- If your schedule allows, you must continue to enrol in the conference for the upcoming term(s) to make up the credits.
If you don't have space in your schedule to make up enough credits, you can enrol in INST 499 and do a directed study. To do this, fill out an Application for Directed Study and review the directed study assignment options. Choose your assignment and fill out the Directed Study Syllabus form. After you have both forms completed, make an appointment to meet with I.S. Director Raymond Klassen who will review/approve the forms. Your assignment must be completed by the agreed-upon date.
Who decides the topics? What if I have an idea for the conference?
The conference topics are decided by a combination of groups: the I.S. Faculty Committee, the I.S. Student Committee, and occasional student surveys.
We are always open to ideas from students on speakers or topics for future conferences! We also welcome your suggestions for breakout sessions. We have had several breakout sessions co-led by students and faculty members, and we would love for you to send a proposal (several months before the conference date).
Contact a member of the I.S. Faculty Committee or I.S. Student Committee (see below section) or I.S. Director Raymond Klassen. He is happy to chat about your ideas (L105.3 in the AEC, 204-573-6837, firstname.lastname@example.org).
Who is on the I.S. Faculty Committee and the I.S. Student Committee?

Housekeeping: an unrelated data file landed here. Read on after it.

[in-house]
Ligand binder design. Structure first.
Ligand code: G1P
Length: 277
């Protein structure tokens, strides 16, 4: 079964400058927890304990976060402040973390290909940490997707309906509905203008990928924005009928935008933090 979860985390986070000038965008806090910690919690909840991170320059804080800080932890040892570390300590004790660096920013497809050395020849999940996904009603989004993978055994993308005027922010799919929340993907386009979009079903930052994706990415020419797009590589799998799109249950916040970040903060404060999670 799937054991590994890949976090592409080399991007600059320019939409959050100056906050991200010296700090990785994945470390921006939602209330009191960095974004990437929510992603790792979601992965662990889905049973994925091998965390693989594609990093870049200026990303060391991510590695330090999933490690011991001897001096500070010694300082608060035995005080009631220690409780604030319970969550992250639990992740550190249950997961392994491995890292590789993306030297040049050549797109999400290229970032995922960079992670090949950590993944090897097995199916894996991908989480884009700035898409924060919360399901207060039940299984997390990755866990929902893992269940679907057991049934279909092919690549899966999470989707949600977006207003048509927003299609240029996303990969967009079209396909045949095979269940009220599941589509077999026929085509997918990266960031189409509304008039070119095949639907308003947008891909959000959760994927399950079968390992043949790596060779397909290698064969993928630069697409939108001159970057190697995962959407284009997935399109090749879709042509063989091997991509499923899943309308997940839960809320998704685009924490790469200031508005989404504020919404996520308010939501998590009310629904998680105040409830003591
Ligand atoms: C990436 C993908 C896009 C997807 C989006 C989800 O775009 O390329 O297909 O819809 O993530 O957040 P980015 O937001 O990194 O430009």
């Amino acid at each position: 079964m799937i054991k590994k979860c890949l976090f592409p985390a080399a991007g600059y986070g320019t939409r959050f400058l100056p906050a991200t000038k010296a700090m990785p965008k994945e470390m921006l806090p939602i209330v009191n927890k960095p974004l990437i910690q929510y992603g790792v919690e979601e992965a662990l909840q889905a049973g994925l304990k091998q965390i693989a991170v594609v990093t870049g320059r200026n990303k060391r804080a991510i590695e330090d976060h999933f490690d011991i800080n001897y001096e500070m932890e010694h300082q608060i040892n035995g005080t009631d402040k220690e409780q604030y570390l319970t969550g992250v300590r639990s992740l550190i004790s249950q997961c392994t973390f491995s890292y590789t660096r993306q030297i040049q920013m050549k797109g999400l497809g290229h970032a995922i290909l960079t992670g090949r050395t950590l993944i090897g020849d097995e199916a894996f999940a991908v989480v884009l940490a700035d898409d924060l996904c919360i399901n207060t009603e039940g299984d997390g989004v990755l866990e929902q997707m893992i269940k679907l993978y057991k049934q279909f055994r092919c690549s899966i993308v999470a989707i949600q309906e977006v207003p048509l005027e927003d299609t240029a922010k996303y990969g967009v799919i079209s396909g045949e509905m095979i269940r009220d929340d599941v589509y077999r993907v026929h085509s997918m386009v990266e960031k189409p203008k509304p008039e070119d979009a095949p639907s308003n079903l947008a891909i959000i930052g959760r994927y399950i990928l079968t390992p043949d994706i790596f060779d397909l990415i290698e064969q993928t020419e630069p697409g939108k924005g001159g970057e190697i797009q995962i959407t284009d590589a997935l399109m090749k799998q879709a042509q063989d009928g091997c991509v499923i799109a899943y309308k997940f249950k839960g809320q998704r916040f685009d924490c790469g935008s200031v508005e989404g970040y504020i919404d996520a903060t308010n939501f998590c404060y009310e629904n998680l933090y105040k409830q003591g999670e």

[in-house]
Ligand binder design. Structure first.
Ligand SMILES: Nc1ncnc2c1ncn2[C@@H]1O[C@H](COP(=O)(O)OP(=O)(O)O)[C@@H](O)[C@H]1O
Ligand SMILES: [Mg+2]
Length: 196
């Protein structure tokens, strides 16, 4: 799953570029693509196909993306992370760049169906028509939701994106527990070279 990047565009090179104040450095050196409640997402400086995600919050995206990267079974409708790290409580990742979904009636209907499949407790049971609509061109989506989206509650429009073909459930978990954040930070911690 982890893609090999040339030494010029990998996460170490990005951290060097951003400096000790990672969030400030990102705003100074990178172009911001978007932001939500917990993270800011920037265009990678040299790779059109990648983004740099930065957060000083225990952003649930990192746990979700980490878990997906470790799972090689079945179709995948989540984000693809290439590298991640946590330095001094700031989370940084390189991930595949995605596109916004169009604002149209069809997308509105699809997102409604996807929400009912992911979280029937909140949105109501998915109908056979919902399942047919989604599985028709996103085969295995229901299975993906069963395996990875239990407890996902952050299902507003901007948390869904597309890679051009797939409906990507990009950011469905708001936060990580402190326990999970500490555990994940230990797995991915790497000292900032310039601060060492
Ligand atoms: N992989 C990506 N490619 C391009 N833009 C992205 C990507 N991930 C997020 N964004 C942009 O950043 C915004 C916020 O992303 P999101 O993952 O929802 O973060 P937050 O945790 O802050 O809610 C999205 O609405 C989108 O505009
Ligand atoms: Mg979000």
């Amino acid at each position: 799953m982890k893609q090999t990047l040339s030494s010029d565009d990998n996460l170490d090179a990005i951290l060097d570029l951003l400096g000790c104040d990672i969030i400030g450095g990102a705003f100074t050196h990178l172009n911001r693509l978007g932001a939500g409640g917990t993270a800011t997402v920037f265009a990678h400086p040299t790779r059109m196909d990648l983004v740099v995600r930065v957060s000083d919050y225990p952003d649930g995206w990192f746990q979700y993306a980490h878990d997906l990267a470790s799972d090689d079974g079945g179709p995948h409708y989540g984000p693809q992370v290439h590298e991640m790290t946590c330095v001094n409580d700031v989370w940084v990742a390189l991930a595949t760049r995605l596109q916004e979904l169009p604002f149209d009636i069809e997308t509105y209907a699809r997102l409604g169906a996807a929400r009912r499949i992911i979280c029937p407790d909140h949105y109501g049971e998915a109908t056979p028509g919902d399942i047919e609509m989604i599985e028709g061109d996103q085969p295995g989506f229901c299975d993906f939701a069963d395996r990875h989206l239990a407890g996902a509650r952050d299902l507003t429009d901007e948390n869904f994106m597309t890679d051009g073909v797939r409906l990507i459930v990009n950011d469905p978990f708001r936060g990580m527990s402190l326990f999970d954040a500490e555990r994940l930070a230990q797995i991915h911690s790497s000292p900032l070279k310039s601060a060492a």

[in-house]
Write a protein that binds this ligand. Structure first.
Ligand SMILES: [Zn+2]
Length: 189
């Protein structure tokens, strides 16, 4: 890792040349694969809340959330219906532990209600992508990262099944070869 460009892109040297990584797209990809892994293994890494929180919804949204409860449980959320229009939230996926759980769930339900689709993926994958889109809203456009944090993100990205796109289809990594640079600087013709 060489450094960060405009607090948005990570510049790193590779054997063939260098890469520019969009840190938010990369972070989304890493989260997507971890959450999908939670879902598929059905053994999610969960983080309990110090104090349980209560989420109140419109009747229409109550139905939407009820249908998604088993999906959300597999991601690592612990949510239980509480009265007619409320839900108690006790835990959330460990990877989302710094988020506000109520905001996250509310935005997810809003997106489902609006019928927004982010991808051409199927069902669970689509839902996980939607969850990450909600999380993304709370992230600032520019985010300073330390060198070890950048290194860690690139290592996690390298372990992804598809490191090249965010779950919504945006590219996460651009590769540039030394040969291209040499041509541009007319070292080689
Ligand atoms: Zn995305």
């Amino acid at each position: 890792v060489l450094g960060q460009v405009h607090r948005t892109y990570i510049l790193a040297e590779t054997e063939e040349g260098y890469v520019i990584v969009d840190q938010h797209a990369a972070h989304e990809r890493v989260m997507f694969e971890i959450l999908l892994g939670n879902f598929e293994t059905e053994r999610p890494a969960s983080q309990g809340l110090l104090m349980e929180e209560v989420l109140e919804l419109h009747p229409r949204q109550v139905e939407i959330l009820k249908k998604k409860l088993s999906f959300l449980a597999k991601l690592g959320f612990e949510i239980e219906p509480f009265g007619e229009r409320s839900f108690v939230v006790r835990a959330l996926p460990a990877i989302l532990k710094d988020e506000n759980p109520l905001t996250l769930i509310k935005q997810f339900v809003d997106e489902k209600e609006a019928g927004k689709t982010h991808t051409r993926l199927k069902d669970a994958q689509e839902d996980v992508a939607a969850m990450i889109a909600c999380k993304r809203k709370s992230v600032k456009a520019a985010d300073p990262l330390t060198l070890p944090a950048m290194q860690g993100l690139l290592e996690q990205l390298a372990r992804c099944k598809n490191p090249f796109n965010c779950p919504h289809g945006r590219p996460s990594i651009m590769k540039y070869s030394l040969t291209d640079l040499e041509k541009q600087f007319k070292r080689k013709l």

The I.S. Faculty Committee consists of a representative from each faculty on campus. Current members are as follows:
- Lloyd den Boer (Education)
- Neal DeRoo (Arts)
- Amy Feaver (Science)
- Gerda Kits (Social Science)
- Daniel Kim (Business)
- Tim Wood (Campus Minister)
- Raymond Klassen (IS Director)
The I.S. Student Committee is a group of volunteers who share ideas on conference format and topics and sometimes assist with tasks during the conference like hosting speakers or breakout sessions. They are your ambassadors, so if you have suggestions you’d like to pass along, feel free to contact any of them!
- Derrick Adams
- Megan Apperloo
- Ashley Barrett-Hamilton (Students' Association representative)
- Grace Bigazi
- Anna Boessenkool
- Sara Himer
- Brody Hite
- Izzy Jones (Students' Association representative)
- Caleb Koning
- Karen Lietz
- Amanda Nsofor
- Ethan Soltys
- Mark Unruh
Who can I contact with questions about I.S.?
Raymond Klassen, I.S. Director, is happy to talk with you about your questions and concerns. His office is in the Academic Enrichment Centre in room L105.3. He can also be reached at 204-573-6837 and email@example.com
You are also welcome to speak to any member of the I.S. Faculty Committee or I.S. Student Committee (see list of names in above question.)